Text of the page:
MicroStrategy’s Bitcoin holdings lose $3.4 billion.

The CEO of MicroStrategy, Michael Saylor, said that the company started buying Bitcoin in bulk in the summer of 2020 because inflation would make cash worthless. His crypto holdings were worth $3.4 billion less at the end of the second quarter than they were at the end of the first.

Technically, according to US accounting laws, the fall is just another paper loss for the enterprise software developer until Bitcoin is sold, but it has other effects. When it reports its second-quarter results, MicroStrategy is likely to have a big impairment charge. And for investors, the stock dropped 66 percent in the quarter that ended on Thursday, which was more than Bitcoin’s loss of 59 percent.

Saylor has played down any worries by sticking to his plan and adding to his holdings during the last quarter, when Bitcoin’s price dropped the most in almost a decade. MicroStrategy said at the end of June that it would report quarterly results as usual later in the next quarter, even though Wall Street rules usually require companies to report big losses much earlier.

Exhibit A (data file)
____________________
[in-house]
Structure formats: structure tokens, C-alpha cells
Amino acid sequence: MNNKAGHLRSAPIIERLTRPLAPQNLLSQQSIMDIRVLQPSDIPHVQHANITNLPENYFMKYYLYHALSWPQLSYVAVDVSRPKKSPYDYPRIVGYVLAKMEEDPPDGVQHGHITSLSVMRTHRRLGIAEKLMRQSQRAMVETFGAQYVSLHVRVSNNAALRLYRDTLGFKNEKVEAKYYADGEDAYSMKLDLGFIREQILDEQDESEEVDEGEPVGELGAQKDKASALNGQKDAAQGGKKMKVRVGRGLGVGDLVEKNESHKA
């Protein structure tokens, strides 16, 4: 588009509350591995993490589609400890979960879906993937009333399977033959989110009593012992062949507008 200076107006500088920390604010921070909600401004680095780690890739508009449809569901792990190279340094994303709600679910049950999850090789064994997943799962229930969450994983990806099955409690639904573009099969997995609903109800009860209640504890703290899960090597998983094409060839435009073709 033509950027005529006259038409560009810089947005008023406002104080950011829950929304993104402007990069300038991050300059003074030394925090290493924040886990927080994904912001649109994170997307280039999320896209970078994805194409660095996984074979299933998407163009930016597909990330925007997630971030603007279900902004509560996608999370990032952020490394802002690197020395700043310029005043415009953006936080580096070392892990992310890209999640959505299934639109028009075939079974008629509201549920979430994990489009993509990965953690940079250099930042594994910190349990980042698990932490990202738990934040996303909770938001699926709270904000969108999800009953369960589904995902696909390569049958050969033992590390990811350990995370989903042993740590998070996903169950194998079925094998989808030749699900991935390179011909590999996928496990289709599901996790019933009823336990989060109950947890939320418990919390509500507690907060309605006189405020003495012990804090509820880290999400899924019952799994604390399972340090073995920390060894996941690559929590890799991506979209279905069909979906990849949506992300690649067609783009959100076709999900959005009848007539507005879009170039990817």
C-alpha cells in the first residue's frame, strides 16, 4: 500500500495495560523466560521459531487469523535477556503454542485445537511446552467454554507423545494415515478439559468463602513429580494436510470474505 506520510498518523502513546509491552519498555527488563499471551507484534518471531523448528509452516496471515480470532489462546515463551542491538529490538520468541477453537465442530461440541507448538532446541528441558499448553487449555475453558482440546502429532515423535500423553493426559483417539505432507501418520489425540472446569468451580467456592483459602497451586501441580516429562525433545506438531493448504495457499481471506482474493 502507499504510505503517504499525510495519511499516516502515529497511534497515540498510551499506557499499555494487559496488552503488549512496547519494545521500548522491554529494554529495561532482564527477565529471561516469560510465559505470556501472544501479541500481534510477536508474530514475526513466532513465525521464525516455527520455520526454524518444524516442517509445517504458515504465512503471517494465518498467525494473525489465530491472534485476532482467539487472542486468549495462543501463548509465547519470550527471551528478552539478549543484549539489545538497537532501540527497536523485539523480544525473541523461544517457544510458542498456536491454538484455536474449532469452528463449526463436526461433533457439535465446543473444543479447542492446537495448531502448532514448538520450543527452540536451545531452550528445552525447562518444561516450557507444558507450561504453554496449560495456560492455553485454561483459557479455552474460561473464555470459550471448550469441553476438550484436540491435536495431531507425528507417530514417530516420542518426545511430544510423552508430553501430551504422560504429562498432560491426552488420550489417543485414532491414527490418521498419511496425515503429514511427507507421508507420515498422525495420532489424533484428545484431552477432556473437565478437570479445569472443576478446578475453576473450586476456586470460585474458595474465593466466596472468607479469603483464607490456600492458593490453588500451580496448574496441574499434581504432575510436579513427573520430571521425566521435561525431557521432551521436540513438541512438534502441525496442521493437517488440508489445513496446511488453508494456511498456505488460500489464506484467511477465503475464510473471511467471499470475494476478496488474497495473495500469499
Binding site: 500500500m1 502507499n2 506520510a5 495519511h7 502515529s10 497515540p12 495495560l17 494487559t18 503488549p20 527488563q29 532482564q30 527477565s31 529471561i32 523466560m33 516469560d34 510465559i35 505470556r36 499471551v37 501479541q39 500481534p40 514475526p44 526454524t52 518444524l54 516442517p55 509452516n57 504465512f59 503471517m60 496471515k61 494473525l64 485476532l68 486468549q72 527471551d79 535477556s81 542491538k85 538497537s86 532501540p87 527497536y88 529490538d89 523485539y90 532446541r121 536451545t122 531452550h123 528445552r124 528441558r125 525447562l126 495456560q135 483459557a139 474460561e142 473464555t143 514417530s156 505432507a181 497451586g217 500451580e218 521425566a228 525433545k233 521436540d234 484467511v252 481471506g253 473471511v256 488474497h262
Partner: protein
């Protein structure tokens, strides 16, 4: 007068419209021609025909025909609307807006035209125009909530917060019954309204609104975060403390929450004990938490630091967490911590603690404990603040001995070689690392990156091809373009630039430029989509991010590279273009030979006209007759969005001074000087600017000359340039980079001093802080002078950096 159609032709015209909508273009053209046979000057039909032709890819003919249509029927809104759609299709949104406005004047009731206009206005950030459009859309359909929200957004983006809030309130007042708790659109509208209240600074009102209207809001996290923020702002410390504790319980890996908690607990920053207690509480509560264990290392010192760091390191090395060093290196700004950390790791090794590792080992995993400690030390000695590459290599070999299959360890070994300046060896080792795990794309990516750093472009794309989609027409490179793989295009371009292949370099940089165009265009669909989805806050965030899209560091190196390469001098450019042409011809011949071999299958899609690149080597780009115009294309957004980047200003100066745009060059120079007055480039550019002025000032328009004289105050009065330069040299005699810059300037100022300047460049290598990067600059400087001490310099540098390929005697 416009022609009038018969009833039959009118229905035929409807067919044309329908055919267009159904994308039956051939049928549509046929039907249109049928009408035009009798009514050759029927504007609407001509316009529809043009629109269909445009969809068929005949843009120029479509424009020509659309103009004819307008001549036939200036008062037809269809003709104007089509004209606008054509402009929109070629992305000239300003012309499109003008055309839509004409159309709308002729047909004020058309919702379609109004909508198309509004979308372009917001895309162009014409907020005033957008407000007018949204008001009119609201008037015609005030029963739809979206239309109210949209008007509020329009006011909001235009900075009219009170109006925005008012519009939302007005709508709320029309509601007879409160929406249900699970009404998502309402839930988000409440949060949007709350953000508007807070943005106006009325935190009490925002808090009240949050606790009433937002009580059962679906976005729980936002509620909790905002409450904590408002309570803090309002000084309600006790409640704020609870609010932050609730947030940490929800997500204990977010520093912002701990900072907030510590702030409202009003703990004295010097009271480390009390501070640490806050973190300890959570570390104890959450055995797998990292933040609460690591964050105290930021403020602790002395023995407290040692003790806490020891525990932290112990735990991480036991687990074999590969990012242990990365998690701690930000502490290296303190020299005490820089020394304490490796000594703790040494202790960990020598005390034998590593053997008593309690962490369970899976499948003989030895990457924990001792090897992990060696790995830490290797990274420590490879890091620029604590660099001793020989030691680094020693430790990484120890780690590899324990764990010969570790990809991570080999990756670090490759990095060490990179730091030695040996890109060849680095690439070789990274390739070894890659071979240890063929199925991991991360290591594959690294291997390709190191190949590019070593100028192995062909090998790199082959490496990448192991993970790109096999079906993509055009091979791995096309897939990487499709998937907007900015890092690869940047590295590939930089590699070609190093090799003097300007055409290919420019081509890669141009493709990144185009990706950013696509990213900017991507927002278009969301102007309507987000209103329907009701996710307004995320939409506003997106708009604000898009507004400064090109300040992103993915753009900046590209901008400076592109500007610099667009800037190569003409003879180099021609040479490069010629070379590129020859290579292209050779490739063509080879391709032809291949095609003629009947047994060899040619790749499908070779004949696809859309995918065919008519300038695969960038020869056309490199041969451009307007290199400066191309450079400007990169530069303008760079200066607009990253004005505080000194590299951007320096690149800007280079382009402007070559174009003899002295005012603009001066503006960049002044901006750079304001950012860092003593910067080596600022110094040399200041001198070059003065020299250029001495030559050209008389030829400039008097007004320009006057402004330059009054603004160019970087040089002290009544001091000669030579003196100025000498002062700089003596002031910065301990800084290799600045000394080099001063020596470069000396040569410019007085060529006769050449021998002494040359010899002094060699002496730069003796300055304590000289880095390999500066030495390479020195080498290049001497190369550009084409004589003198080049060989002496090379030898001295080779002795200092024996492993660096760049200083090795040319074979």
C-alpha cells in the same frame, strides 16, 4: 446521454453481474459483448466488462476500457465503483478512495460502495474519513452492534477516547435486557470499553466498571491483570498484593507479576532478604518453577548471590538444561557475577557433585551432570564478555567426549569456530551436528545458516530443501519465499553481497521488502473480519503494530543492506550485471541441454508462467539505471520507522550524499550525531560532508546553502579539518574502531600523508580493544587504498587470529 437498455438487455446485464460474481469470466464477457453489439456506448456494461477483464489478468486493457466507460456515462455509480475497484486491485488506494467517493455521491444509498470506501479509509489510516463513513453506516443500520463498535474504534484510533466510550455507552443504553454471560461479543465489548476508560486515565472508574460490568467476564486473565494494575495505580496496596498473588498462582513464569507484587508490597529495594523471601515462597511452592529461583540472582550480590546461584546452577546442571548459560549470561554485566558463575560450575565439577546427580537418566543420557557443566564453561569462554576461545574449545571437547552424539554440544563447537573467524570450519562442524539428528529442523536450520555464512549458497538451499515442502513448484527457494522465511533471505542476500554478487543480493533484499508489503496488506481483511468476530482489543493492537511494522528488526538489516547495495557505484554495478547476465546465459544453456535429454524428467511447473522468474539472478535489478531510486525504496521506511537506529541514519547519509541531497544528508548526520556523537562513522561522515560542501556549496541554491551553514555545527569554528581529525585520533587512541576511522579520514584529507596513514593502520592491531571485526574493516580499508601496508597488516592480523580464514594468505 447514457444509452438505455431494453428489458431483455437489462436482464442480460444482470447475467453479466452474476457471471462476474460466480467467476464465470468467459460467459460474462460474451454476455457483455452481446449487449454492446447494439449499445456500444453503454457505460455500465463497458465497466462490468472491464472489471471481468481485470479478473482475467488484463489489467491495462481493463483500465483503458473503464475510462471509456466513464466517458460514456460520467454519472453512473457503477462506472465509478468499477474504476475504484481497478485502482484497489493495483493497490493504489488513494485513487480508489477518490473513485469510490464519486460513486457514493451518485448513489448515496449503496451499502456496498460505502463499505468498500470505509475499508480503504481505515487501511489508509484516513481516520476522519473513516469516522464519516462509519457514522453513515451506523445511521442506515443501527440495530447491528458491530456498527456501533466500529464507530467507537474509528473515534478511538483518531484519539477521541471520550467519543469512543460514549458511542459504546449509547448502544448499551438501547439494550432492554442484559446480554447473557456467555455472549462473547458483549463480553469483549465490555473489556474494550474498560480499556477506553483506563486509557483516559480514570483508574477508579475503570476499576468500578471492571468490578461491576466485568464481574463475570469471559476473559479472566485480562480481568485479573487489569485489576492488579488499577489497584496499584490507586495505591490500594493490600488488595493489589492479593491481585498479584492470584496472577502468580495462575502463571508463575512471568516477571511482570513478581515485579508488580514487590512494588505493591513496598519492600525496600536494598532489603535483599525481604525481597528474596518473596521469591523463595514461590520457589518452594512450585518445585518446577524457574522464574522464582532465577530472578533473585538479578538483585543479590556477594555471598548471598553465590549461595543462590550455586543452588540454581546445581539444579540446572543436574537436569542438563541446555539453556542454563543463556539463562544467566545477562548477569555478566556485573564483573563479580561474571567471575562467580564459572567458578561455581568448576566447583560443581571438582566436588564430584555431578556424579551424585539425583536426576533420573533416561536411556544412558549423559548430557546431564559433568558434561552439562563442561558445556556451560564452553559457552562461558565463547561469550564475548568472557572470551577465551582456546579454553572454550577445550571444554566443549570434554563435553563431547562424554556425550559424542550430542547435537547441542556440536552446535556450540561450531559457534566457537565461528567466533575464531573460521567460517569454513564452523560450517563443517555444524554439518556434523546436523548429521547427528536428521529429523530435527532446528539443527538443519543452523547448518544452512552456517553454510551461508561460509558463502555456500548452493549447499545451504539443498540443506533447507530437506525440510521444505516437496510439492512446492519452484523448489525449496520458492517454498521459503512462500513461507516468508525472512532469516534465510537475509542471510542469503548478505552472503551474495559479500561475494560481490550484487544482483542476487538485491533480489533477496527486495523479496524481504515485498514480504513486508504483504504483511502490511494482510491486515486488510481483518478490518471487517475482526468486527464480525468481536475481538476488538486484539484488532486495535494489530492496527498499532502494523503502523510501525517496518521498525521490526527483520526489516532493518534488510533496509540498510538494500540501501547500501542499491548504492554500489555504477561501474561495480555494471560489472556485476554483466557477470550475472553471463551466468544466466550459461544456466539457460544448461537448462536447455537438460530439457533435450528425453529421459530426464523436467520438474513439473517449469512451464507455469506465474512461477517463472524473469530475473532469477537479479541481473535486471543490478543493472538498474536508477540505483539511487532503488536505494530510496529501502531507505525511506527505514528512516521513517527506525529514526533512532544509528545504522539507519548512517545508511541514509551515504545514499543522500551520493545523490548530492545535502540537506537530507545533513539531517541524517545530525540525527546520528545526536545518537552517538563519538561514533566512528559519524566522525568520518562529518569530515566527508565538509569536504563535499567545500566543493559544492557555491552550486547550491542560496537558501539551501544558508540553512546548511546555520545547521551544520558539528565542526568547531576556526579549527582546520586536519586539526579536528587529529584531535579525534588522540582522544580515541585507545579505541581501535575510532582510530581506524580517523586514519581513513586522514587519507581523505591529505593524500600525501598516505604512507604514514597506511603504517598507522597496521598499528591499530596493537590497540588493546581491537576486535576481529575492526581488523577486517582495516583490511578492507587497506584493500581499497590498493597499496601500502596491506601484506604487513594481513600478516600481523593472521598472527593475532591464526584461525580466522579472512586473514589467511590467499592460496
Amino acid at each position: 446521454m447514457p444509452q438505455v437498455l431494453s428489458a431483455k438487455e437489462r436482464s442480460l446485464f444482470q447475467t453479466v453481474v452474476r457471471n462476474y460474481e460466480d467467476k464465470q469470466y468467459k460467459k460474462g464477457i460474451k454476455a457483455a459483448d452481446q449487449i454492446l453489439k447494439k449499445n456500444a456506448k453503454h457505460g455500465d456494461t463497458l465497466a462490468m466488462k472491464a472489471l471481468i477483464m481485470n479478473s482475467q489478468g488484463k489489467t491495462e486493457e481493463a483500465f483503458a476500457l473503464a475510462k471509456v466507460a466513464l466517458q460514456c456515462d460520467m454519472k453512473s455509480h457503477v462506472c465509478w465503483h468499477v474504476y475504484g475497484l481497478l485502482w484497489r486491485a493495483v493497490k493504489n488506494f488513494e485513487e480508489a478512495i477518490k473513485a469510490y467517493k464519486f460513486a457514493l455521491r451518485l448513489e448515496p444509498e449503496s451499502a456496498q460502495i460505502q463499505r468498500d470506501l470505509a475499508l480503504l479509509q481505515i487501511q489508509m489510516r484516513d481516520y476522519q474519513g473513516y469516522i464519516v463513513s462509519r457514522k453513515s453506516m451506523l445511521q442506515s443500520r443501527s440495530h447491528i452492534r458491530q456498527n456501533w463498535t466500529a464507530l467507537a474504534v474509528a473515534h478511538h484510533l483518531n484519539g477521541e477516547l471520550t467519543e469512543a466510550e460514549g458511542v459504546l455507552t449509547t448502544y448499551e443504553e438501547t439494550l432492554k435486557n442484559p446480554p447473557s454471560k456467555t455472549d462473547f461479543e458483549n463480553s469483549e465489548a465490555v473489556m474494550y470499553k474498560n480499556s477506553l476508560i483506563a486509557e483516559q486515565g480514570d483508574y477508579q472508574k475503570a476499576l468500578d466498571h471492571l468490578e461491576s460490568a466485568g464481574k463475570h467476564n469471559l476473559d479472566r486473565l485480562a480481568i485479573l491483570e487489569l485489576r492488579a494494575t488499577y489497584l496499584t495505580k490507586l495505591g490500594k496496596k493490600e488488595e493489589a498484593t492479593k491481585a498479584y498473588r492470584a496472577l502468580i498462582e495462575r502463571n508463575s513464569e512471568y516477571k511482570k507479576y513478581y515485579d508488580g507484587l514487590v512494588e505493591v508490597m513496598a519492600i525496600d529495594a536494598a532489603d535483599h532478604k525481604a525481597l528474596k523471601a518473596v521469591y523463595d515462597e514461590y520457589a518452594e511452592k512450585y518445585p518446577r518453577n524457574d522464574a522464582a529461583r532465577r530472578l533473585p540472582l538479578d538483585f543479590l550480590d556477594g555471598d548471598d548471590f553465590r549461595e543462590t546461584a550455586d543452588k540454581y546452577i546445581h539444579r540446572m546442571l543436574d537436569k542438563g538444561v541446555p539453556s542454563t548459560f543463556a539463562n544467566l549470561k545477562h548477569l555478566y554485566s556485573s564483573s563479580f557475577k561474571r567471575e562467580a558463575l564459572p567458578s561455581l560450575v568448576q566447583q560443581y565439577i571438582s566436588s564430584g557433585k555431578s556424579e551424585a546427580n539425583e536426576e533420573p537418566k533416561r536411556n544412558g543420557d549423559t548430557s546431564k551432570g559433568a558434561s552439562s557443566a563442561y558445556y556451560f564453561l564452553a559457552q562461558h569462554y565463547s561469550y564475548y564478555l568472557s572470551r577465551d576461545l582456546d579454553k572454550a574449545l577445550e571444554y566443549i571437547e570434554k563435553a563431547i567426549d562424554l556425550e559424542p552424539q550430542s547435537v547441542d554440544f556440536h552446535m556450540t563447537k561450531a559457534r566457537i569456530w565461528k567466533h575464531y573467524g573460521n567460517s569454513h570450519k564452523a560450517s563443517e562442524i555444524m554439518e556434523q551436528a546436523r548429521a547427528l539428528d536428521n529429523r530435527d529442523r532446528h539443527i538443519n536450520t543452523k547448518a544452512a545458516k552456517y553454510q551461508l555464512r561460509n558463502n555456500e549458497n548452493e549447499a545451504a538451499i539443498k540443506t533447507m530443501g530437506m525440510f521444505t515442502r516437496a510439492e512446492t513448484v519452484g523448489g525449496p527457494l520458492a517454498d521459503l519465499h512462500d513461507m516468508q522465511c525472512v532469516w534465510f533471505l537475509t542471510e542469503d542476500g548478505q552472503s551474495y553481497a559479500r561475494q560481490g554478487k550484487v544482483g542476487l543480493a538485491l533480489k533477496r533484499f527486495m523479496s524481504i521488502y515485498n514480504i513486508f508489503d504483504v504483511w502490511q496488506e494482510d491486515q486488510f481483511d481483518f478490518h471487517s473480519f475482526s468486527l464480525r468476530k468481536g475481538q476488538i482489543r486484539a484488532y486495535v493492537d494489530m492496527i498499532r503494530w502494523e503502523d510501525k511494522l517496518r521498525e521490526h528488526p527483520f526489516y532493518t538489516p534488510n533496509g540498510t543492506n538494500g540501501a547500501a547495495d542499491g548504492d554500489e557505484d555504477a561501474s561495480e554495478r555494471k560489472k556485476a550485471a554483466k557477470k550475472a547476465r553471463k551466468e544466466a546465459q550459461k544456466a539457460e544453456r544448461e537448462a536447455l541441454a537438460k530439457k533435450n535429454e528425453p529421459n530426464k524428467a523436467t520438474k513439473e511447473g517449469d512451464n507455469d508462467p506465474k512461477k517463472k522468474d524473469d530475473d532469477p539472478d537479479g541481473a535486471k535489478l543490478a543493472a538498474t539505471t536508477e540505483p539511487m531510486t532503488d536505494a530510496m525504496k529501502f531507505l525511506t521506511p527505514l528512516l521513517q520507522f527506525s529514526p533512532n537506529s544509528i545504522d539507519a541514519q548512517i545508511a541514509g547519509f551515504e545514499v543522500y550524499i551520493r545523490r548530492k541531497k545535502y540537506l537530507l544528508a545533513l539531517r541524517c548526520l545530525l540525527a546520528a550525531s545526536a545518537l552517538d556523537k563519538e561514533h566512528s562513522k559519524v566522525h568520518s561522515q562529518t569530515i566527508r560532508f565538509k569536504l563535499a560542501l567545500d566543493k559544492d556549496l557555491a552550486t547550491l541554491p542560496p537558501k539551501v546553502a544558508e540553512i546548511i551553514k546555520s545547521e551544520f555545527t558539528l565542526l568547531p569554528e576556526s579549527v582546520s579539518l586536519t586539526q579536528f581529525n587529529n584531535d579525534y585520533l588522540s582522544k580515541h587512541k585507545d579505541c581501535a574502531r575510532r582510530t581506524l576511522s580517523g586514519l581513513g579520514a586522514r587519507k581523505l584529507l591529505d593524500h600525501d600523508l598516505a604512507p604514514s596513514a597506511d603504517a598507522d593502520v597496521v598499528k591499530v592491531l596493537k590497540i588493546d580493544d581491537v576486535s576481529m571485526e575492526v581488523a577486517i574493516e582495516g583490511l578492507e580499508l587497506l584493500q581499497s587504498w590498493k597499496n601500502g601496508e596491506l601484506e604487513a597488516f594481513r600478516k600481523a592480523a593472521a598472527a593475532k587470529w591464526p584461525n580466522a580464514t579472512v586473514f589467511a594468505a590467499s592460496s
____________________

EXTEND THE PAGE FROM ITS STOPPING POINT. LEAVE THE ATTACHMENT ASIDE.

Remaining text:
At the end of the first quarter, MicroStrategy’s Bitcoin hoard was worth about $5.9 billion. When Bitcoin closed at around $18,900 on June 30, that same hoard, which included small purchases made at the end of June, was worth about $2.45 billion, or 58% less than it was just three months ago.

In a conference call on May 3, MicroStrategy’s president and chief financial officer, Phong Le, said, “We want to buy Bitcoin and hold it for the long term.” “We plan to hold on to our bitcoins for a long time, and we have no plans to sell them right now.”

In response to a request for comment, MicroStrategy’s senior director of treasury and investor relations, Shirish Jajodia, said that the company has no plans to sell its Bitcoin and that its shareholders agree with this decision. Jajodia said that MicroStrategy’s “robust capital structure” makes it safe from short-term changes.

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